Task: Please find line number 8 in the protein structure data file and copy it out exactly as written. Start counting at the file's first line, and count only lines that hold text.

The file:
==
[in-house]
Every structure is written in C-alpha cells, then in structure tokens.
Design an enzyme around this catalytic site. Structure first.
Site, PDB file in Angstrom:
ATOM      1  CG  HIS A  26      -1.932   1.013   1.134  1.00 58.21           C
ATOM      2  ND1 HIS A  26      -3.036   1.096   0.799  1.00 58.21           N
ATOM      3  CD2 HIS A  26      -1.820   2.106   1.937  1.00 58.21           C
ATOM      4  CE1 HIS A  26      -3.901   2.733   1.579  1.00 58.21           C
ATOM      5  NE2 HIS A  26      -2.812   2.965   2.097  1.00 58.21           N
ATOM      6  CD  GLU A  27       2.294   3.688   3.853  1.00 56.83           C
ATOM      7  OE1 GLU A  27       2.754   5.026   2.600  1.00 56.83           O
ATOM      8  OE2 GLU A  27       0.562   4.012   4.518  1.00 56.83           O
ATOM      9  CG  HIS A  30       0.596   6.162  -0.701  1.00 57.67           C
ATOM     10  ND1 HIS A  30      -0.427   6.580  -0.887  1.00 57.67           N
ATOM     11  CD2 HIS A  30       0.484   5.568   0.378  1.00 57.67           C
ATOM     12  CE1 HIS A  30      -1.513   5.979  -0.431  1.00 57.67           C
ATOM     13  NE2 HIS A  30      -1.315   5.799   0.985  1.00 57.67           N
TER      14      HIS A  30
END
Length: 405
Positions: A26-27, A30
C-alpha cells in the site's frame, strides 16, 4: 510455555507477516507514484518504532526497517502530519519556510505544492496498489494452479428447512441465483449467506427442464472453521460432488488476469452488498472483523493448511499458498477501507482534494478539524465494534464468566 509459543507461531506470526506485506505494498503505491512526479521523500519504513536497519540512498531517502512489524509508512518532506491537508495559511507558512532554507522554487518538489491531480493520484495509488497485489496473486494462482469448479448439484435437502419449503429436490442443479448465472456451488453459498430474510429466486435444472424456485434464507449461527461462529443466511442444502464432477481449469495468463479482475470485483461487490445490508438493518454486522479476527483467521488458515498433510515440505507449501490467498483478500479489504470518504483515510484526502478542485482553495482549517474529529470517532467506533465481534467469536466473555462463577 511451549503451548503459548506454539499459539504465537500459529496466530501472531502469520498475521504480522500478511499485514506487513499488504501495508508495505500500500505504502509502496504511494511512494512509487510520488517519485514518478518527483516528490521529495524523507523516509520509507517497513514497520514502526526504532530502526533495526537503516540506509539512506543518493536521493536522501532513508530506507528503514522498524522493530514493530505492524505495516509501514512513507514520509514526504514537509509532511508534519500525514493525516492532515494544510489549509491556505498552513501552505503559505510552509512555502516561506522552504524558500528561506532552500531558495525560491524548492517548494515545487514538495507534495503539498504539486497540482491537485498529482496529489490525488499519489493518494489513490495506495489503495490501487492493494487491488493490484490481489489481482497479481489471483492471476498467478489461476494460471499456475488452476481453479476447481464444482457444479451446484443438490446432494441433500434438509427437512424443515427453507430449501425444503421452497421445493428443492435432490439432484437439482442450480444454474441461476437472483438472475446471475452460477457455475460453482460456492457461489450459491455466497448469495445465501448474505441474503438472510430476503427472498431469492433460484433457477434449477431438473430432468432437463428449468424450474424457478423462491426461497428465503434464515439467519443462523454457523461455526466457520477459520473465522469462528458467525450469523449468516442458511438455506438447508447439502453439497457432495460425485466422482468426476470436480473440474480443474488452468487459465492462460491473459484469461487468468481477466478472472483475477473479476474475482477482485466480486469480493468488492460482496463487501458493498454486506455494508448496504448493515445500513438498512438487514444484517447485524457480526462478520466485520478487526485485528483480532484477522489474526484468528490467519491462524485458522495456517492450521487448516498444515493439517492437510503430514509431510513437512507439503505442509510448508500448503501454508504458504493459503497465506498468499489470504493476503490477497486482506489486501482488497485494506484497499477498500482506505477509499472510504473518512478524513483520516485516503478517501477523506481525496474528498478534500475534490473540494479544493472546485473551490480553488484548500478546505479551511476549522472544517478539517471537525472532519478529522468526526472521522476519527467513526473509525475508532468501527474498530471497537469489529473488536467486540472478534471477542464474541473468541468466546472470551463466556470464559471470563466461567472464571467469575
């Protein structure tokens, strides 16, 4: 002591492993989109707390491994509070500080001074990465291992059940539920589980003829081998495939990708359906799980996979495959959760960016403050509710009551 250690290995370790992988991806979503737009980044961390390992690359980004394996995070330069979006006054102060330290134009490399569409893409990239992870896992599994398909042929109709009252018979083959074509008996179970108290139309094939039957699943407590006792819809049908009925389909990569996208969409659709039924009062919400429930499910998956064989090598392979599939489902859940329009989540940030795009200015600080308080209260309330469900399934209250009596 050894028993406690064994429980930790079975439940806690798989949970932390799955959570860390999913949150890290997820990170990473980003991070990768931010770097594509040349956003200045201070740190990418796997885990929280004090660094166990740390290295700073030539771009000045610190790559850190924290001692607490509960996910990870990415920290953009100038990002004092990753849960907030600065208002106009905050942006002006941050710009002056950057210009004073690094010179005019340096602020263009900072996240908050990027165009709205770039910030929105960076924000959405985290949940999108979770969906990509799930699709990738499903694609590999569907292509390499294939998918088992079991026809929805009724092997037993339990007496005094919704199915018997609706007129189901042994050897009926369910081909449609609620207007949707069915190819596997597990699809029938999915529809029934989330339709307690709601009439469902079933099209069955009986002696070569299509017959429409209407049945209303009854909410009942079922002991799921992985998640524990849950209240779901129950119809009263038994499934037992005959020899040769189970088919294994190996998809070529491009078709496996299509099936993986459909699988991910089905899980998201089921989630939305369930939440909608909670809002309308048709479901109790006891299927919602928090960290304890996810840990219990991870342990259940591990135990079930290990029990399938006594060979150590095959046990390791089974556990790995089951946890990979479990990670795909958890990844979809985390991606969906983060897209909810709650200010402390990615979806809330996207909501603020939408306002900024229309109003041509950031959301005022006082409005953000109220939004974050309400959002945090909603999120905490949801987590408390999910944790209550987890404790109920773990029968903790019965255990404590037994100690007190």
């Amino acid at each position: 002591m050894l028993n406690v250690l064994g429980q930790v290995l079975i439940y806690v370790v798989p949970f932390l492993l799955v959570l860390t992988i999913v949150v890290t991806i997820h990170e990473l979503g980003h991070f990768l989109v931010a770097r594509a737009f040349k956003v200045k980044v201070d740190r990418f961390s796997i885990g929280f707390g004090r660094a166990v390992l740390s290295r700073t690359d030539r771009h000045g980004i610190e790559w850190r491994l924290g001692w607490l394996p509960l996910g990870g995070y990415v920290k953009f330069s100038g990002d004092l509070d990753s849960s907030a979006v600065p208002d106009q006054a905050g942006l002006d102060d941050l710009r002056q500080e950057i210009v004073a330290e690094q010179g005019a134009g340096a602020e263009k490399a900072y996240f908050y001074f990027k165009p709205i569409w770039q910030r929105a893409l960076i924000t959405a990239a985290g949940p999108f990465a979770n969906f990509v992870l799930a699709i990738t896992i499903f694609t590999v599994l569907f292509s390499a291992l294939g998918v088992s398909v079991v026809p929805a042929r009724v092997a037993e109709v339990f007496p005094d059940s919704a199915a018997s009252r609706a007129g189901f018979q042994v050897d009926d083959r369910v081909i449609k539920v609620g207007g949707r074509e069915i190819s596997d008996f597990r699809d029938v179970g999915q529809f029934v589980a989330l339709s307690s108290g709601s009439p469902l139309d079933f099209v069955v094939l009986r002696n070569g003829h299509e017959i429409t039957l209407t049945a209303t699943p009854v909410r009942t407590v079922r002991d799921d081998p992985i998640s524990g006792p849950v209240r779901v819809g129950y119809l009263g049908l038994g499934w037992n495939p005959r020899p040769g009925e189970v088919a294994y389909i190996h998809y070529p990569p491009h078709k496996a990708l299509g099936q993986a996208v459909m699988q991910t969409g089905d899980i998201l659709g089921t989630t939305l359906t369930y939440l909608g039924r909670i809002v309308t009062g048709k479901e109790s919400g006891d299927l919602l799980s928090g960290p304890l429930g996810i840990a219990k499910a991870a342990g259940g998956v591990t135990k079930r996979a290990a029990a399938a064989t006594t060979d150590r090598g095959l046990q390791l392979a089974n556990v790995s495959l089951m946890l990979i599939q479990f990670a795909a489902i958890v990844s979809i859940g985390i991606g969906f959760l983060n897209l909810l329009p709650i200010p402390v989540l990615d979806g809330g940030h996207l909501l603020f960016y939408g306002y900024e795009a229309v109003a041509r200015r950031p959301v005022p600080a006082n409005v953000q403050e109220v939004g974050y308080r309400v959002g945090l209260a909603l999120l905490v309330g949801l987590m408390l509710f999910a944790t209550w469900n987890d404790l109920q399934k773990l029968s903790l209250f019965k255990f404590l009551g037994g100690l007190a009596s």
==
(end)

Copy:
ATOM      4  CE1 HIS A  26      -3.901   2.733   1.579  1.00 58.21           C